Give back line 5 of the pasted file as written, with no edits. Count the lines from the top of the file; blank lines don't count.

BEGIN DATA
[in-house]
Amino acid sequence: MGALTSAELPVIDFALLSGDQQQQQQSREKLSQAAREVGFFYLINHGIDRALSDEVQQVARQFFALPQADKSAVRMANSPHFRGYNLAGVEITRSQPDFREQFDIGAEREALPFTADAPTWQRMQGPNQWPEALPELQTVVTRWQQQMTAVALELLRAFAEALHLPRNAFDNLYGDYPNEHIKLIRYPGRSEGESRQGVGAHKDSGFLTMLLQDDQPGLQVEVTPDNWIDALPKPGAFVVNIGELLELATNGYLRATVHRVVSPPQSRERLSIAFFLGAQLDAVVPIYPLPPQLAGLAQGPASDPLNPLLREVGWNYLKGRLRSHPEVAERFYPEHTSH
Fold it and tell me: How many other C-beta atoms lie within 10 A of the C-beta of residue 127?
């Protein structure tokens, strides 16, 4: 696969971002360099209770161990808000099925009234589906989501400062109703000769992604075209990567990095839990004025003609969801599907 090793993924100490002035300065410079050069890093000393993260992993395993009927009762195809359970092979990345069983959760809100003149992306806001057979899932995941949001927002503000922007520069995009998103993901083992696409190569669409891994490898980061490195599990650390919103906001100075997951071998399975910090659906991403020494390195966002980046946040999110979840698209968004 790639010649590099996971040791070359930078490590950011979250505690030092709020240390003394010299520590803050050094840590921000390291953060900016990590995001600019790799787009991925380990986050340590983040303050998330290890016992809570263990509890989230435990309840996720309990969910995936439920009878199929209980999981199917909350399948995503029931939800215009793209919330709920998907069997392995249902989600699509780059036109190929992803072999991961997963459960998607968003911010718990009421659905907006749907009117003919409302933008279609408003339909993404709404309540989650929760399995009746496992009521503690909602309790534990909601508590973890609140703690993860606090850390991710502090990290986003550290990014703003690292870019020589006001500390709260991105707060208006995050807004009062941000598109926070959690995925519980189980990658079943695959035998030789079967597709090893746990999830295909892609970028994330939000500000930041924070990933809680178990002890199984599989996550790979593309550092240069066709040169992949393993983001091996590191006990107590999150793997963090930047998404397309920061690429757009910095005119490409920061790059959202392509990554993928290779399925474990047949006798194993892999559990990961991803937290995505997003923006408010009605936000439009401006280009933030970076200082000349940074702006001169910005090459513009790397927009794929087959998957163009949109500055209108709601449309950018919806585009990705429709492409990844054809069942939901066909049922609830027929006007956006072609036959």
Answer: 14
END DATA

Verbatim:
Answer: 14